Modern Electronic Devices: An Increasingly Common Cause of Skin Disorders in Consumers

zaterdag, 09 juli 2016 - Categorie: Onderzoeken


Corazza, Monica MD; Minghetti, Sara MD; Bertoldi, Alberto Maria MD; Martina, Emanuela MD; Virgili, Annarosa MD; Borghi, Alessandro MD

May/June 2016
Vol. 27 - Issue 3: p 82–89

From the *Dipartimento di Scienze Mediche, Sezione di Dermatologia e Malattie Infettive, Università di Ferrara; and †Dermatological Clinic, Department of Clinical and Molecular Medicine, Polytechnic University of Marche, Torrette, Ancona, Italy.

Address reprint requests to Monica Corazza, MD, Dipartimento di Scienze Mediche, Sezione di Dermatologia e Malattie Infettive, Università di Ferrara, Via Savonarola 9, 44121 Ferrara, Italy. E-mail:

The authors have no funding or conflicts of interest to declare.


The modern conveniences and enjoyment brought about by electronic devices bring with them some health concerns. In particular, personal electronic devices are responsible for rising cases of several skin disorders, including pressure, friction, contact dermatitis, and other physical dermatitis. The universal use of such devices, either for work or recreational purposes, will probably increase the occurrence of polymorphous skin manifestations over time. It is important for clinicians to consider electronics as potential sources of dermatological ailments, for proper patient management. We performed a literature review on skin disorders associated with the personal use of modern technology, including personal computers and laptops, personal computer accessories, mobile phones, tablets, video games, and consoles.

With increasing use at work, home, and school, modern technology is increasingly involved in several dermatological conditions. These skin manifestations will probably increase over time with the use and pervasive popularity of electronic devices. Early recognition of the offending agent and its removal usually allow effective management.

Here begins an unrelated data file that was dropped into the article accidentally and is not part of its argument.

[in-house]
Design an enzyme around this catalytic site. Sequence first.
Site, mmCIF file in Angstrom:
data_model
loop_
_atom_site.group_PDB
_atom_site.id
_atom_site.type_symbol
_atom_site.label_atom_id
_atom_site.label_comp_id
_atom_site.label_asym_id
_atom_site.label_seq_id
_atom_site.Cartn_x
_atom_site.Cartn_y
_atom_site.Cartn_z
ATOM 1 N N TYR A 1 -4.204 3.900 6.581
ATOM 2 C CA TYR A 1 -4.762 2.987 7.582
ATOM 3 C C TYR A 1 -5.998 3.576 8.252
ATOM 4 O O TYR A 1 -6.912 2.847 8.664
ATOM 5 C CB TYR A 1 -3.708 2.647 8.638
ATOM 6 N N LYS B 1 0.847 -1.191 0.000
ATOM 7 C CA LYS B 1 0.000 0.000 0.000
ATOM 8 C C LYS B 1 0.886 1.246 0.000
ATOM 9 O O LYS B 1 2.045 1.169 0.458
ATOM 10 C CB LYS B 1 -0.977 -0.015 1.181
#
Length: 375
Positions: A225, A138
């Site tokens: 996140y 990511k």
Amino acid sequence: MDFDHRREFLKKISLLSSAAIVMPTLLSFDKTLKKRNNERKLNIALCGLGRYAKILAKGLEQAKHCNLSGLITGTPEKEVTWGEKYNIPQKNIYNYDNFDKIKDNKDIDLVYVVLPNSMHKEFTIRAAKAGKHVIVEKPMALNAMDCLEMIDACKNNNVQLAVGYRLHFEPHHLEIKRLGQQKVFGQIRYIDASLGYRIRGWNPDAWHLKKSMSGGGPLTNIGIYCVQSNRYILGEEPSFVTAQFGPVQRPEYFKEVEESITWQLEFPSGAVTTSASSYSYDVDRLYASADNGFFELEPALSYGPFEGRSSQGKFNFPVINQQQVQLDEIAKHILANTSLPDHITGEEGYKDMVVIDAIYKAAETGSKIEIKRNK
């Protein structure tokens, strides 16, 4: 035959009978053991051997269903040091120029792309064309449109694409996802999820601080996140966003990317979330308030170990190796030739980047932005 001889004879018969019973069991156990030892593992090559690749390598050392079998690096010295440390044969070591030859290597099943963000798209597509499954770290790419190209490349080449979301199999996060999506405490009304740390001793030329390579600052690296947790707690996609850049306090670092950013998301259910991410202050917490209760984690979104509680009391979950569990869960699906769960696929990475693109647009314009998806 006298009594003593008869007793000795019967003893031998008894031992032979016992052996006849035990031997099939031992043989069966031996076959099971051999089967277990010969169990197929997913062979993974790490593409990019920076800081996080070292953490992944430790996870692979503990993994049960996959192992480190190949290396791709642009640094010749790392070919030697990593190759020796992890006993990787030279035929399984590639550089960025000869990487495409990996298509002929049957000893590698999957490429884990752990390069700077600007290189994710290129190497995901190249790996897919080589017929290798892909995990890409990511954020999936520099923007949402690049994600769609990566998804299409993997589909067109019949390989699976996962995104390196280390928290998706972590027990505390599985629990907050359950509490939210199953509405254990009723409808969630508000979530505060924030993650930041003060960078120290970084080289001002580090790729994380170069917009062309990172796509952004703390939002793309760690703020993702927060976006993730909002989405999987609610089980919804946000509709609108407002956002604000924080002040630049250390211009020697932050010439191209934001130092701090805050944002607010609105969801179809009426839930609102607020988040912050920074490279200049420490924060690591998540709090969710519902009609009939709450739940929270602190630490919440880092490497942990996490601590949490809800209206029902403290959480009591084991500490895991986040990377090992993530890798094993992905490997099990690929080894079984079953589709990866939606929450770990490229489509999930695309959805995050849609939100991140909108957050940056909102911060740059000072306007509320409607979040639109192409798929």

We performed a literature review on cutaneous manifestations associated with the personal use of modern technology, including personal computers (PCs) and laptops, PC accessories, mobile phones, tablets, video games, and consoles.

A comprehensive search for articles in the PubMed database was conducted. Bibliographies of all included studies were also reviewed to find additional studies not included in previous research.

The key words used were as follows: dermatitis, electronic devices, modern technology, contact dermatitis, cutaneous manifestations, PlayStation, PCs and laptops, PC-accessories (such as mouse and mouse pad, keyboard, and keyboard pad), mobile phones, tablets, video games, and console. We included all types of articles.

Search results were categorized as follows: (1) video games; (2) PC, laptop, and computer accessories; and (3) mobile phones and tablets. For each category, we summarized the dermatological conditions related to the use of the device (Table 1).

Video Games–Related Dermatoses

Intensive video gaming has been associated with the occurrence of various cutaneous conditions arising from repeated trauma to the skin caused by the continuous use of video game controllers or by abnormal positions.5 A recent survey has found that the average time spent playing video games in a sitting position is increasing59; this aspect is linked to conditions that are not really dermatological such as deep vein thrombosis and increased risk of thromboembolism.

Over the last few years, the release of a video game console with a motion sensitive control system (Nintendo Wii) has caused a new spectrum of video games–related pathology, not linked to immobility but to strong physical activity, especially in untrained or unfit people.

PlayStation Thumb

PlayStation thumb is a repetitive strain injury, usually observed in children and young people, caused by continuous playing of PlayStation games. Repetitive strain injuries are conditions affecting the arms and hands due to repeated movements that damage tendons, nerves, muscles, and other soft body tissues.60 Several jobs, sport activities, and the playing of musical instruments can lead to this kind of injury as well.